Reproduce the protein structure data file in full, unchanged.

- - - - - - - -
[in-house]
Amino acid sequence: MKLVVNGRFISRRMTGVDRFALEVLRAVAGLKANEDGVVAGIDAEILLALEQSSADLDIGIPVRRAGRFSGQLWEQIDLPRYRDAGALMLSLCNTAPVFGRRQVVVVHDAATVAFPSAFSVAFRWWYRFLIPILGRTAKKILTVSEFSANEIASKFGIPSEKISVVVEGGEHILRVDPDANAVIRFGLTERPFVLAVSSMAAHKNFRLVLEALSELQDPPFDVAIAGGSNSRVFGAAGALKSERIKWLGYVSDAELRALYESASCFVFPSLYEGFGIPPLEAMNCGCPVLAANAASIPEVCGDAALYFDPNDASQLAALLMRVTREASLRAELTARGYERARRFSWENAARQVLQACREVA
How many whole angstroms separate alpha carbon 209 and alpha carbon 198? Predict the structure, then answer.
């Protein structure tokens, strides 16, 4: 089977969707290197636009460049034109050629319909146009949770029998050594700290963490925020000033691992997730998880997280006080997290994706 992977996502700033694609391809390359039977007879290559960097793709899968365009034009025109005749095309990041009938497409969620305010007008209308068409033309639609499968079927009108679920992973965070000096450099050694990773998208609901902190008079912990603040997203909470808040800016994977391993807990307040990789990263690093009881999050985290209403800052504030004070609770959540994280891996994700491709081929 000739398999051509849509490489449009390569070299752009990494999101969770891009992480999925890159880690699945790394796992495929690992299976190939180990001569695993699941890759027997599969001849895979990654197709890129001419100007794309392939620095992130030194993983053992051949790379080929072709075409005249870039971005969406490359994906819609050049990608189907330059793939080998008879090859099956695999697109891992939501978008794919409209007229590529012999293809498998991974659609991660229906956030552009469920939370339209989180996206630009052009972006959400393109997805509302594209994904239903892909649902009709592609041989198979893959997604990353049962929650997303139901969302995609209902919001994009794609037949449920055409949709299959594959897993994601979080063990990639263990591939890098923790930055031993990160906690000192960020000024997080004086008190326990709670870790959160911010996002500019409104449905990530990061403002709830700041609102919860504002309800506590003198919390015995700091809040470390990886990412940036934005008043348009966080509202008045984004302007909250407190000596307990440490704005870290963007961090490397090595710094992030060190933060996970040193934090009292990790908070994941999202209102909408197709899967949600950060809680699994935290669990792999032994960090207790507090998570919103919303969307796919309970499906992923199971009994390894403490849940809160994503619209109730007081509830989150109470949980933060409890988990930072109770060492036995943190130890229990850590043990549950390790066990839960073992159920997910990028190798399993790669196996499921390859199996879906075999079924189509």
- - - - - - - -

[in-house]
Amino acid sequence: MKLVVNGRFISRRMTGVDRFALEVLRAVAGLKANEDGVVAGIDAEILLALEQSSADLDIGIPVRRAGRFSGQLWEQIDLPRYRDAGALMLSLCNTAPVFGRRQVVVVHDAATVAFPSAFSVAFRWWYRFLIPILGRTAKKILTVSEFSANEIASKFGIPSEKISVVVEGGEHILRVDPDANAVIRFGLTERPFVLAVSSMAAHKNFRLVLEALSELQDPPFDVAIAGGSNSRVFGAAGALKSERIKWLGYVSDAELRALYESASCFVFPSLYEGFGIPPLEAMNCGCPVLAANAASIPEVCGDAALYFDPNDASQLAALLMRVTREASLRAELTARGYERARRFSWENAARQVLQACREVA
How many whole angstroms separate alpha carbon 209 and alpha carbon 198? Predict the structure, then answer.
């Protein structure tokens, strides 16, 4: 089977969707290197636009460049034109050629319909146009949770029998050594700290963490925020000033691992997730998880997280006080997290994706 992977996502700033694609391809390359039977007879290559960097793709899968365009034009025109005749095309990041009938497409969620305010007008209308068409033309639609499968079927009108679920992973965070000096450099050694990773998208609901902190008079912990603040997203909470808040800016994977391993807990307040990789990263690093009881999050985290209403800052504030004070609770959540994280891996994700491709081929 000739398999051509849509490489449009390569070299752009990494999101969770891009992480999925890159880690699945790394796992495929690992299976190939180990001569695993699941890759027997599969001849895979990654197709890129001419100007794309392939620095992130030194993983053992051949790379080929072709075409005249870039971005969406490359994906819609050049990608189907330059793939080998008879090859099956695999697109891992939501978008794919409209007229590529012999293809498998991974659609991660229906956030552009469920939370339209989180996206630009052009972006959400393109997805509302594209994904239903892909649902009709592609041989198979893959997604990353049962929650997303139901969302995609209902919001994009794609037949449920055409949709299959594959897993994601979080063990990639263990591939890098923790930055031993990160906690000192960020000024997080004086008190326990709670870790959160911010996002500019409104449905990530990061403002709830700041609102919860504002309800506590003198919390015995700091809040470390990886990412940036934005008043348009966080509202008045984004302007909250407190000596307990440490704005870290963007961090490397090595710094992030060190933060996970040193934090009292990790908070994941999202209102909408197709899967949600950060809680699994935290669990792999032994960090207790507090998570919103919303969307796919309970499906992923199971009994390894403490849940809160994503619209109730007081509830989150109470949980933060409890988990930072109770060492036995943190130890229990850590043990549950390790066990839960073992159920997910990028190798399993790669196996499921390859199996879906075999079924189509």